Methodist Underground Railroad

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During the Age of Reform in New Jersey, the African Methodist Episcopal Church as well as black and white citizens established an unofficial Underground Railroad to facilitate fugitives with escape routes and safe houses (Thesis). During the time period before the Civil War, tensions were rising between abolitionists and slave owners. The free African-American community, whether it’s Quakers, or members of the AME Church, wanted to end slavery and help slaves escape from their cruel and abusive masters. Some members of the white community were also against slavery, including Quakers and other Christian religious groups.
Doctor John Grimes and the Grimes family were Quakers and active members of the anti-slavery movement. Grimes owned a house in Boonton that he used to provide safety for runaway slaves, called the Grimes Homestead. New Jersey citizens were split on the issue of slavery. Some New Jerseyans were understanding toward owners of slaves because owning a plantation would be expensive without them, and others believed that it was morally wrong and against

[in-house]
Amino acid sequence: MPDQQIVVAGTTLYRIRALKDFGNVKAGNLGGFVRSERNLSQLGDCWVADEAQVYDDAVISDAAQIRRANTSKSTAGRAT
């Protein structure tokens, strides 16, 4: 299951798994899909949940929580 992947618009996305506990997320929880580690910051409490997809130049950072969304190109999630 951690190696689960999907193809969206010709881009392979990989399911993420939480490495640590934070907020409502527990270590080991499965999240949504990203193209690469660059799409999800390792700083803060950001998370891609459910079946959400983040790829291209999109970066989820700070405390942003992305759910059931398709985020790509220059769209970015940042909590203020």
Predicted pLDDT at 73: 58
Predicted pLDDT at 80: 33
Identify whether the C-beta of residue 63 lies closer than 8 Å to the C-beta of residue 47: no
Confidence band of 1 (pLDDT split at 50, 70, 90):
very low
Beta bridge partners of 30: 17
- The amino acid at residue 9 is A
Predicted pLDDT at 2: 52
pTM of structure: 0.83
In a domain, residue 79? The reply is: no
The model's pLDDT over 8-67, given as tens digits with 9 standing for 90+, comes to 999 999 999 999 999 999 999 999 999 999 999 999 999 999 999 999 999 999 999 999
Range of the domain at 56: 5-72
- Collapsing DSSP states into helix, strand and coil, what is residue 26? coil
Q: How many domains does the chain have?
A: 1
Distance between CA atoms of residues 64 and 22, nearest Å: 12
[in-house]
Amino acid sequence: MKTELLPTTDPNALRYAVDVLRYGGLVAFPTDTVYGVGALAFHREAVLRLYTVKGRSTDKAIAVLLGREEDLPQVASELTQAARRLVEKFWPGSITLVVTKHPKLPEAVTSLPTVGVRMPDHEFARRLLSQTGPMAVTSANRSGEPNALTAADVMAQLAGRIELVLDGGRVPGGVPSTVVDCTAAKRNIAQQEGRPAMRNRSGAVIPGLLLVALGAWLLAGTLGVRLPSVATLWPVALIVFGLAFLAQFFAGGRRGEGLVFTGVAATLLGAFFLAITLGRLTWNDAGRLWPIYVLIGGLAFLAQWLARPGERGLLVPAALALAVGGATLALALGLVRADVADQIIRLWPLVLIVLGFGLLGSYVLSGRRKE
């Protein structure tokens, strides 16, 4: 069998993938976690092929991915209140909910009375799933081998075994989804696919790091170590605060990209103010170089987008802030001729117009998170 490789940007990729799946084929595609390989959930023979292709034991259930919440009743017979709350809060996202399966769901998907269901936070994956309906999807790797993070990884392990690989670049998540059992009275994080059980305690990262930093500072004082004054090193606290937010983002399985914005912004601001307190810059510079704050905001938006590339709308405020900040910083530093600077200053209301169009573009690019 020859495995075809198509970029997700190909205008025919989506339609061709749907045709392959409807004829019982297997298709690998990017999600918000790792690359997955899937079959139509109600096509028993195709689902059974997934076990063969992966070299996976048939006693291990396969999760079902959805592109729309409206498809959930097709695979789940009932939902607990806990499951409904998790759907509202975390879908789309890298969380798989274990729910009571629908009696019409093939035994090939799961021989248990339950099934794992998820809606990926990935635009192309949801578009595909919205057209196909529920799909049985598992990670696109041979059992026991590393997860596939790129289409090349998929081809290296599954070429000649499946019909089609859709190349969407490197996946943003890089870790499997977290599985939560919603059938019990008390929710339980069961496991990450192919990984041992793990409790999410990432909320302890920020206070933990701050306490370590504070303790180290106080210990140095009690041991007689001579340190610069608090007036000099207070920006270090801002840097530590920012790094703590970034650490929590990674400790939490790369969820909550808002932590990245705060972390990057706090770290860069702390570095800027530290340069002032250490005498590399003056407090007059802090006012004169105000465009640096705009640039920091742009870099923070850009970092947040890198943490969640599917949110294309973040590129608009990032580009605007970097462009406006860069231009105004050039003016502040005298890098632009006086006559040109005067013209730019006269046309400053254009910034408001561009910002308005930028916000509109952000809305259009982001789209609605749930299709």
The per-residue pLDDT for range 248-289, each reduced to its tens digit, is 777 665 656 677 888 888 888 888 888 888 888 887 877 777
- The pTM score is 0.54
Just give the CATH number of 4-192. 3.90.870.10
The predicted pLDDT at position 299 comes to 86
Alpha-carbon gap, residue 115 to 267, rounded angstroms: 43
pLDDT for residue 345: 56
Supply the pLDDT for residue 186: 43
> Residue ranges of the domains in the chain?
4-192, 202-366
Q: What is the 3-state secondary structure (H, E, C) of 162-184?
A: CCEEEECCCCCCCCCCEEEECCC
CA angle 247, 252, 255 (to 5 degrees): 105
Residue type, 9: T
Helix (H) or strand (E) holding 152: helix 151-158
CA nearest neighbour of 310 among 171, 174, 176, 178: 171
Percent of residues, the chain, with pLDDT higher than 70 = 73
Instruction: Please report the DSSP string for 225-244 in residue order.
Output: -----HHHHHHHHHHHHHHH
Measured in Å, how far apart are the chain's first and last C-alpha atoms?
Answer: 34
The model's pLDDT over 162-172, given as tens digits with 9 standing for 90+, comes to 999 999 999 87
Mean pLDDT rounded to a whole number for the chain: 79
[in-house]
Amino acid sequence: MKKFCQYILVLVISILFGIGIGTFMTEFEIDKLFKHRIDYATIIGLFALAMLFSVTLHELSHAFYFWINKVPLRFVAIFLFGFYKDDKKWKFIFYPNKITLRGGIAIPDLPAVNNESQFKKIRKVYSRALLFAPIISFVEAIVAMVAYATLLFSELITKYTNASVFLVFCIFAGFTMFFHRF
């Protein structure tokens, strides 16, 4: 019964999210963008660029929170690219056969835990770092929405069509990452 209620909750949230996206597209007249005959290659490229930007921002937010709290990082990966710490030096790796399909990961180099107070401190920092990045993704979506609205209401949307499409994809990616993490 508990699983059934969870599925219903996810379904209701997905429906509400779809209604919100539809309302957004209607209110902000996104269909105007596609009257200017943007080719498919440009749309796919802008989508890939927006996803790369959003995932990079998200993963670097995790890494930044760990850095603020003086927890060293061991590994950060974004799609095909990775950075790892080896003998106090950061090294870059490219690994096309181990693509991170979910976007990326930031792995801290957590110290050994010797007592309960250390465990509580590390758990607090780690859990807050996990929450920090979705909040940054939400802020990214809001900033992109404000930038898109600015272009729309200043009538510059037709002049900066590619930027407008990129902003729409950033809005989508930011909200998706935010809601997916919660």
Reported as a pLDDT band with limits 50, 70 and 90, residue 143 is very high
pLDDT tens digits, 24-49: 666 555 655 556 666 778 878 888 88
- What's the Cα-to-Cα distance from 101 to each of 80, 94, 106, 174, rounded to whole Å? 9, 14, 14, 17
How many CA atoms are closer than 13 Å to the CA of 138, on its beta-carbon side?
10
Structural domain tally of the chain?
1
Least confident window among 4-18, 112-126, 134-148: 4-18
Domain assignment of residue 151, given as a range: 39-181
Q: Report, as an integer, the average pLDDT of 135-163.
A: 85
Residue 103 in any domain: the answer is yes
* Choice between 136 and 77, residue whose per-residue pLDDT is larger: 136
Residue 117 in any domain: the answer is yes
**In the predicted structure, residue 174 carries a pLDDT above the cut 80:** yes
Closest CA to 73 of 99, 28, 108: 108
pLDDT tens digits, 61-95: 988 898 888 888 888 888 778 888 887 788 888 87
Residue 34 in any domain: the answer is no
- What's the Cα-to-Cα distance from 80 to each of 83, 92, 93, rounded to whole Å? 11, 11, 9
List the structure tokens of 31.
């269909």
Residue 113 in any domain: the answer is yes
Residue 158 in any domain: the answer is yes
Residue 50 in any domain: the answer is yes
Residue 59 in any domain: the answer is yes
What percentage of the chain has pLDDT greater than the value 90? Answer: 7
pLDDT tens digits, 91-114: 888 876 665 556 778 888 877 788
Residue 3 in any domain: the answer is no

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It offered refuge to runaway slaves on their way north. This included Harriet Tubman, a famous African-American abolitionist and Underground Railroad conductor, from 1849 to 1853. Before this, at the original Methodist Episcopal Church both White and African-American abolitionists worshipped at this church and were active members of the anti-slavery movement. But eventually white slaveowners joined the church and the African-American members of the church didn’t feel accepted, so in response to this the African-American community founded their own church that was more accepting to blacks, called the African Methodist Episcopal Church. This church helped a great number of slaves escape their masters during this
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